Comics

Blade Runner 2029 #1 – Comic Review

New chapter. New mystery. New era.

If there is a word that sums up Blade Runner’s comic book entries, then it would be assuredness. It’s a testament to the confidence, resilience and application that radiate into an impactful consistency that delivers. Thankfully, that tradition continues in its brand-new instalment – Blade Runner 2029.

By its own admittance, issue #1 of 2029 is a low-key re-introduction to the Blade Runner world. Written by Michael Green, it doesn’t overly rely on action set pieces to deliver its moments. At its heart, issue #1 is all about the drama of the story, and its execution is patiently measured as it roadmaps its latest adventure.

         
         

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But from the get-go, what’s immediately striking in the opening issue is the lush and vibrant use of colour (thanks to Marco Lesko’s colour work). Gone is the damp, dull, darkened reality world that inhabited Ash in Blade Runner 2019, for what can only be described as Andres Guinaldo’s tribute to Roger Deakins’ cinematography in Blade Runner 2049. Given how the comics have been an excellent bridge between the two films (including one notable Easter egg towards the conclusion), the choice to reflect that is inspired. One panel is beautifully drenched in tonal hues of yellow, echoing the moment when Agent K (Ryan Gosling) visited the offices of Niander Wallace (Jared Leto). And, of course, there is a natural upside to the brightened bask in colour – Ash gets a new wardrobe, and she looks fly!

But it’s also reflective of the passage of time. The Selwyn arc is a distant memory (at least for now – one anticipates it may be revisited in some capacity) and the world seemingly moved on from previous events. Whether for the better – that is subjective, because like anything in life, the past has a habit of rearing its ugly head. Somehow, it wouldn’t be Blade Runner without it! But in doing so, it takes its readers through a flashback encounter between Ash and a replicant named Yotun.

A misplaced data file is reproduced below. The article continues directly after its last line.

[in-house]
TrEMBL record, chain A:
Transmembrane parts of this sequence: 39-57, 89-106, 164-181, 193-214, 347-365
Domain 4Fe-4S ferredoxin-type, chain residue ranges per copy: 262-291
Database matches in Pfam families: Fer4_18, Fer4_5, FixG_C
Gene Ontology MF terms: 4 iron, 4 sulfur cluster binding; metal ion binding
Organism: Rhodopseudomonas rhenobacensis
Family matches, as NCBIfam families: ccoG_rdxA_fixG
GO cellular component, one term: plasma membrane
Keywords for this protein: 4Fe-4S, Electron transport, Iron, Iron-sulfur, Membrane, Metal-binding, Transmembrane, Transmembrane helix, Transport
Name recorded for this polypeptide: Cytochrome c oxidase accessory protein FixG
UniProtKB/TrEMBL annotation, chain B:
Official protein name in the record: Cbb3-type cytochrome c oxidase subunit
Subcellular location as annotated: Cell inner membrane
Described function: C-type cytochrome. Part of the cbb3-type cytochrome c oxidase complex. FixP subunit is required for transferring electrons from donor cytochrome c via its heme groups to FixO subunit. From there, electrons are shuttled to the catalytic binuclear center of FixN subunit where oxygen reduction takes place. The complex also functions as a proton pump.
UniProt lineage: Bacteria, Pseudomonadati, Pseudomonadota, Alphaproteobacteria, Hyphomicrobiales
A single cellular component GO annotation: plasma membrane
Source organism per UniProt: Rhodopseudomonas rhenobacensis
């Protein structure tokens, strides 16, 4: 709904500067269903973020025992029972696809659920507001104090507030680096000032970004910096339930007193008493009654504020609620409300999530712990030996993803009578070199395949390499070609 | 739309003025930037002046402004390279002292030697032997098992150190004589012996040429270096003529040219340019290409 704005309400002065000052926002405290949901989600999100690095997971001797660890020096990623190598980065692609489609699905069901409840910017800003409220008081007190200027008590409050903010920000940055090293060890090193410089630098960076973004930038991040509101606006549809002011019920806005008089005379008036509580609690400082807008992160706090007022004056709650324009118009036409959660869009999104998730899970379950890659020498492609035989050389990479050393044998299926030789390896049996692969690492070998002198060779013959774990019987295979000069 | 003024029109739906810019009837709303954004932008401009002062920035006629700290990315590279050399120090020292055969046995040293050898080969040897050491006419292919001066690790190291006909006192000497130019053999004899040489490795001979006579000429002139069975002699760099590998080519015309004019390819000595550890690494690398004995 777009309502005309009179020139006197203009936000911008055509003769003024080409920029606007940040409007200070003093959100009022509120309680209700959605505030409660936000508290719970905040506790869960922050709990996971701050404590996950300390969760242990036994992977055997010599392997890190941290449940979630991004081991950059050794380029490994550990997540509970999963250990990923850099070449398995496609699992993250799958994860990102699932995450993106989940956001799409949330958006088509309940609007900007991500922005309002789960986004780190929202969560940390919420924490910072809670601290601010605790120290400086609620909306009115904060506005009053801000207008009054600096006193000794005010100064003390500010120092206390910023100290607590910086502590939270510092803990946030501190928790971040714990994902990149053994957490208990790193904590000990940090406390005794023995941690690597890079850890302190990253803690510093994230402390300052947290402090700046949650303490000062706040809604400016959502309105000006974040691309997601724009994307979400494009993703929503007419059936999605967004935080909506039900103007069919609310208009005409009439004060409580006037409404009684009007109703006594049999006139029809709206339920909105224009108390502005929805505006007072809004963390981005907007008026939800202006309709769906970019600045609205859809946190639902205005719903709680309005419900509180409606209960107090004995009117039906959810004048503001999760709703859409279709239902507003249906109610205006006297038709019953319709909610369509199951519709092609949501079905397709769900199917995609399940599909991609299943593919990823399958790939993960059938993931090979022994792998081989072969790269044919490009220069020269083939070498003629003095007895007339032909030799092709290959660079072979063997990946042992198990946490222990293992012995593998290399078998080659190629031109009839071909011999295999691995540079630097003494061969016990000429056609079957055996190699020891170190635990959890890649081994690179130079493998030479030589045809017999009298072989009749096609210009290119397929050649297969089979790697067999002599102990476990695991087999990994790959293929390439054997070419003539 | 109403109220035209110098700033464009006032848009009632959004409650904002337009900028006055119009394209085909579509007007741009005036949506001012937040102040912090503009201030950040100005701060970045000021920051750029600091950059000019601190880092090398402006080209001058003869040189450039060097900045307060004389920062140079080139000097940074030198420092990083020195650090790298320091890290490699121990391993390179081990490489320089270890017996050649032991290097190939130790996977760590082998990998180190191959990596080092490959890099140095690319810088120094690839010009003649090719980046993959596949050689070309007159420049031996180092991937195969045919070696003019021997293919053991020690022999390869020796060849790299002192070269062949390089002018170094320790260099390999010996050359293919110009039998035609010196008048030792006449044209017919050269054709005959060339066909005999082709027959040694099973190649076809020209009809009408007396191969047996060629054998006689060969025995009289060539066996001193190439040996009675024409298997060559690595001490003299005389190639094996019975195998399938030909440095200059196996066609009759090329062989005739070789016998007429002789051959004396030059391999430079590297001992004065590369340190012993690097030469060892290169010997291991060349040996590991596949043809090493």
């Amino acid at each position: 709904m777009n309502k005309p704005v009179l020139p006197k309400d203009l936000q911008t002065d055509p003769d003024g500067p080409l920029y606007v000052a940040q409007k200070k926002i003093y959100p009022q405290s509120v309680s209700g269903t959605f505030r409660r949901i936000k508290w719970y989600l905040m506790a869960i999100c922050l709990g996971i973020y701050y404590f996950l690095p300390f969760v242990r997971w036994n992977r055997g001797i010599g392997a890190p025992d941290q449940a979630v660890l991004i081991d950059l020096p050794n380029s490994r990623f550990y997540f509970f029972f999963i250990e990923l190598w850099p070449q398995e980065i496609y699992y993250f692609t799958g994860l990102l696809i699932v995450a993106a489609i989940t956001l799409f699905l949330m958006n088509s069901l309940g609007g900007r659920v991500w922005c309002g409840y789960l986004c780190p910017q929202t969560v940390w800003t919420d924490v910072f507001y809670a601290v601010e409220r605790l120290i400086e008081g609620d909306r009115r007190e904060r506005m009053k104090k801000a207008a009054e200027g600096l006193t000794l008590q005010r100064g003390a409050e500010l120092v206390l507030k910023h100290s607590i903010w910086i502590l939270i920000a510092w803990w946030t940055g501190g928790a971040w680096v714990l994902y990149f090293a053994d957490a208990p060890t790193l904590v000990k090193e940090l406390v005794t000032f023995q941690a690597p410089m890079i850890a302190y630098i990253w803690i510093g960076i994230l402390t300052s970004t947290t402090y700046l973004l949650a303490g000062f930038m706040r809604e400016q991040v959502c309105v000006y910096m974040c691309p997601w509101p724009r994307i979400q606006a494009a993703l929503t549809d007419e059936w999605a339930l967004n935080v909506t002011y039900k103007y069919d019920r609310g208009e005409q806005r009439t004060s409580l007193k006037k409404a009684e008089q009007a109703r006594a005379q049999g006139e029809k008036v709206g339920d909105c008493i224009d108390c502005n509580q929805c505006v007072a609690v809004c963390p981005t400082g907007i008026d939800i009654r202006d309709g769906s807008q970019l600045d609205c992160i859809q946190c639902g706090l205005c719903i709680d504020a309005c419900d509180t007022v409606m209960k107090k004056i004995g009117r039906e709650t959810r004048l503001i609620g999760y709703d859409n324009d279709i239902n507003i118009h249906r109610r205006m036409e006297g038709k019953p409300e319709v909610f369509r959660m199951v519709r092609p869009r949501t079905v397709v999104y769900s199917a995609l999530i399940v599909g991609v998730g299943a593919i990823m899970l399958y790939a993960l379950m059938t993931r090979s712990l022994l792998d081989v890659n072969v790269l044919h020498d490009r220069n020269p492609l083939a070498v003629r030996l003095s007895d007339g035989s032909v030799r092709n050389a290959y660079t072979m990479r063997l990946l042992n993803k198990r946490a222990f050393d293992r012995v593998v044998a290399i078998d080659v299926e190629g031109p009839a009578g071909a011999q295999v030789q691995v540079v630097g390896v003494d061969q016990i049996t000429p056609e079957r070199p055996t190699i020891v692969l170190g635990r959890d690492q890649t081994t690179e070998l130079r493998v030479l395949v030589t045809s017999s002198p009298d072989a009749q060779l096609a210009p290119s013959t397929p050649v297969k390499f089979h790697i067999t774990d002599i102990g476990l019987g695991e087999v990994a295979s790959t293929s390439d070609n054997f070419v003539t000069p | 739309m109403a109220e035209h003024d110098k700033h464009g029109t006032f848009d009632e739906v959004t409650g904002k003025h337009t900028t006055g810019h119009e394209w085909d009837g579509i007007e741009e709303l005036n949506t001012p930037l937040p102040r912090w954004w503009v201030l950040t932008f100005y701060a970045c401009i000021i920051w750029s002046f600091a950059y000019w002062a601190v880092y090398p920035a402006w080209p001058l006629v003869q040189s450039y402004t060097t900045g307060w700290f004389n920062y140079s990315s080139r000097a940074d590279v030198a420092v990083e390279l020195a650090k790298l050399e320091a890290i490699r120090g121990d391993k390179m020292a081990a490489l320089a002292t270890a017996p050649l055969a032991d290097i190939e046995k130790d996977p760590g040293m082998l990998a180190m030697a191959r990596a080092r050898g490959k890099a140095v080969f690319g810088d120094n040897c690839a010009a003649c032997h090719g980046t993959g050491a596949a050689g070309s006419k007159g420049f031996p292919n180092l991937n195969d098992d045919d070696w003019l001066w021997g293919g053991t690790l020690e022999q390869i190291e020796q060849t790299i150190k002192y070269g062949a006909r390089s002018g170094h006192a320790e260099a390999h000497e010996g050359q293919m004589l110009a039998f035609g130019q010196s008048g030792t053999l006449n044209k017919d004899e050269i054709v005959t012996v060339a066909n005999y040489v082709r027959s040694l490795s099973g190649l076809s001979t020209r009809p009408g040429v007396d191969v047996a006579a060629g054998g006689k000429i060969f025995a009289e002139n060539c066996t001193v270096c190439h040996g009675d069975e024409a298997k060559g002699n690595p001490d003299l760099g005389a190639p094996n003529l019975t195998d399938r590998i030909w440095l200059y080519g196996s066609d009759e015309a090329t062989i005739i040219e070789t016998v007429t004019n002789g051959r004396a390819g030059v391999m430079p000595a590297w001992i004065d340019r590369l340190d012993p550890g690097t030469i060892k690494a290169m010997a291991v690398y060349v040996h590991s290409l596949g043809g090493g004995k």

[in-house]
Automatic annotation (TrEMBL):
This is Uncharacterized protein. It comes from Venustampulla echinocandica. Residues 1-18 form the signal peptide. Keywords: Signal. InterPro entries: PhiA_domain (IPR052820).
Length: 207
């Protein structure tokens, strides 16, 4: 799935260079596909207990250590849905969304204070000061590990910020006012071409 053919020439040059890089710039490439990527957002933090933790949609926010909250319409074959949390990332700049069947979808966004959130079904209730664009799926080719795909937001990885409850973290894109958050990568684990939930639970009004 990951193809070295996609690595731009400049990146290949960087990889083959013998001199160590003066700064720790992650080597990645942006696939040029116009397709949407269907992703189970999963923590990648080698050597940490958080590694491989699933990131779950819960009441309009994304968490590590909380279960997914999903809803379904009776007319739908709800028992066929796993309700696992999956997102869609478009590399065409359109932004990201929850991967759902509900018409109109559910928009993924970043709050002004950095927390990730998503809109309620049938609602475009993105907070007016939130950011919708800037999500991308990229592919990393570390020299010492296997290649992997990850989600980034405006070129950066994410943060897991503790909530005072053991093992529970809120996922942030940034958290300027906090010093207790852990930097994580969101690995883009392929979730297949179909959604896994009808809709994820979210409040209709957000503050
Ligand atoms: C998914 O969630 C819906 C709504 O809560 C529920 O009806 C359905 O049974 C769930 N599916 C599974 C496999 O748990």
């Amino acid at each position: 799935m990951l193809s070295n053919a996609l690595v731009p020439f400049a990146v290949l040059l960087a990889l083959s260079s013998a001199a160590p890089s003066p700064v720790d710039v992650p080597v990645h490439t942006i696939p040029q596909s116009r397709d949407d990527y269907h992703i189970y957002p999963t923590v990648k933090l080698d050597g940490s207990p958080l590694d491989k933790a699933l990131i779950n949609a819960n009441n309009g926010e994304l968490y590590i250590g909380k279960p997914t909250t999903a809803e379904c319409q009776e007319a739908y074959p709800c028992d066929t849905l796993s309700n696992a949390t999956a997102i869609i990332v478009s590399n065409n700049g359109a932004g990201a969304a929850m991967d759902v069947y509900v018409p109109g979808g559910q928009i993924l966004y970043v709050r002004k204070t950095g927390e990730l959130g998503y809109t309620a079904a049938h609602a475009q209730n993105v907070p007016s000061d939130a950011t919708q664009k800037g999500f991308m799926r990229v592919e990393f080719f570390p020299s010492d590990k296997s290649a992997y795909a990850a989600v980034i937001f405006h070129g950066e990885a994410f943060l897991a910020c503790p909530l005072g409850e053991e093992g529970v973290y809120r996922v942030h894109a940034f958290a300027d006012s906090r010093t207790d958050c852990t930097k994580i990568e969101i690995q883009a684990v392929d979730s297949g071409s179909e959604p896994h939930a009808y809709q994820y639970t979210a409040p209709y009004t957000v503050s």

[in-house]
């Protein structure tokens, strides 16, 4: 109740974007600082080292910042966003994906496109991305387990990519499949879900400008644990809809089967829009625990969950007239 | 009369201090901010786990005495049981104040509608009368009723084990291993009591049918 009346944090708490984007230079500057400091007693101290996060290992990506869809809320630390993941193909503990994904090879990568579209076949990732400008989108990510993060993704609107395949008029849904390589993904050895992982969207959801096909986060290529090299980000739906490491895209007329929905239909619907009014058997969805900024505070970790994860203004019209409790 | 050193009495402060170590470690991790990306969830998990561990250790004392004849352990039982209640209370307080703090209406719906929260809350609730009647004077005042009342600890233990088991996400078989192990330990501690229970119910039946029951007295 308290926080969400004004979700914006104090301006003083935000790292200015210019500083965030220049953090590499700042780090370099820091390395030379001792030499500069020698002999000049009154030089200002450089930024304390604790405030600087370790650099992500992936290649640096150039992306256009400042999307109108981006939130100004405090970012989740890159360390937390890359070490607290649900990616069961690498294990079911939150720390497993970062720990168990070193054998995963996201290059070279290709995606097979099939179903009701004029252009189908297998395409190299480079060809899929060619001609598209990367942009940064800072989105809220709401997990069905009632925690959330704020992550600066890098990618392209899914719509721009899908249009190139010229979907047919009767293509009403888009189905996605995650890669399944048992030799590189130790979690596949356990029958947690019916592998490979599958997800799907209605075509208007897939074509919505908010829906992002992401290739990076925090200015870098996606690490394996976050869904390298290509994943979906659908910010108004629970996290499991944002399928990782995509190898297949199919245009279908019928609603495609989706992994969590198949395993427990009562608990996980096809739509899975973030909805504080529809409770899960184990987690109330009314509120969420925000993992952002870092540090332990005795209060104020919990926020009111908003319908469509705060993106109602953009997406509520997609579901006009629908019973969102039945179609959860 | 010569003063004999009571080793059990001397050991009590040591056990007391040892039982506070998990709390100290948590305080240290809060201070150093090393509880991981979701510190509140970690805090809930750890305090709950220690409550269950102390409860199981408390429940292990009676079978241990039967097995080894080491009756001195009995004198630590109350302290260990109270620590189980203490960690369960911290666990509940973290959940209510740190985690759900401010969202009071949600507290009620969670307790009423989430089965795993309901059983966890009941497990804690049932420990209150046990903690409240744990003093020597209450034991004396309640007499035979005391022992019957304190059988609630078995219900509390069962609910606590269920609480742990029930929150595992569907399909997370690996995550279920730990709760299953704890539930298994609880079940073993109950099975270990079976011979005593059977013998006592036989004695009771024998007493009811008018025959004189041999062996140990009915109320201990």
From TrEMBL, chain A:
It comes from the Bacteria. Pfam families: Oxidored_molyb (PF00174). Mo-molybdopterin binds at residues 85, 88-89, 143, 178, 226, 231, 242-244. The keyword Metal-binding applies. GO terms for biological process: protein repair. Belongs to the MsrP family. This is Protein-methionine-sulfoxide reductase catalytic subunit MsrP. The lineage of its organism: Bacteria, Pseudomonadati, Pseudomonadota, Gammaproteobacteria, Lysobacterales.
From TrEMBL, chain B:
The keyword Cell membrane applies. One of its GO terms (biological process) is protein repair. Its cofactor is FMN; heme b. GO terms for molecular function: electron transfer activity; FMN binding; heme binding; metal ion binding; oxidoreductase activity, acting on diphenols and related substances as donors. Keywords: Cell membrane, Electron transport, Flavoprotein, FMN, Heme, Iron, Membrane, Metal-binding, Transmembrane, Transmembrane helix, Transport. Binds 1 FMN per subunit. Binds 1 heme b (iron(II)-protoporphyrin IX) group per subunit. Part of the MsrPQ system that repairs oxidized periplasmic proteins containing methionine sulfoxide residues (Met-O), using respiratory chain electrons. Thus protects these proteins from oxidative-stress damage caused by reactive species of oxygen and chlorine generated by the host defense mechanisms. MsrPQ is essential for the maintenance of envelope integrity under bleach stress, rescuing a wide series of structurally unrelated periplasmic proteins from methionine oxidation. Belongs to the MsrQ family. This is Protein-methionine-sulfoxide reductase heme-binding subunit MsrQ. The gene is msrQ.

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Another impressive feature is the time devoted to Ash and Freysa’s relationship. Blade Runner 2019 #11 touched upon this – a relationship born out of ‘back and forth’ conversational exchanges, that broke down their respective barriers of pain, trauma, and survival. It’s so beautifully done, it’s still one of the best moments in the comic book franchise, and seeing the characters develop only enriches the experience, and eloquently builds on the scope and depth of the franchise.

It comes down to seeing Ash in a new light. The previous storyline tapped into Ash’s maternal bonds – the absence of her mother, and then her story entrusted to protect a special child in Cleo Selwyn. While it is a media stereotype to show female characters as ‘mothers’, it delved beyond Ash’s persona as a ‘hardened badass with issues’. But the execution was always a mixed bag, balancing development and its haste rush to reach the next element of the plot. Here, in 2029, it’s starting with its strongest and most natural bond to build its arc.

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It’s the vulnerability in the words which strike a chord. With Ash back to her Blade Running ways, the strain of the job takes its toll; physically because of Ash’s cybernetic back brace, but mentally as well, where her divided allegiances between loyalty and duty is a murky conflict. They entertain what their future could look like, but their co-dependency is infused with love and support for what they’re doing in the present. It’s a bond I look forward to seeing grow and develop. I hope Freysa gets the necessary development, because she’s more than a combat medic. But knowing the twist and turns that writer Michael Green is capable of, this relationship will be tested.

The overall success of issue #1 comes from how it finds the poetry, especially towards its conclusion. It sets up the mystery that naturally builds curiosity – a nostalgic throwback to the neo-noirs that defined the franchise. And because of the intertwined nature of the films, 2029 opens the door to those possibilities of how everything is connected. While its end is a signal of sacrifice, Green demonstrates with potent skill that Blade Runner 2029 will stand definitively in its own right.

Blade Runner 2029 #1 is out now from Titan Comics.

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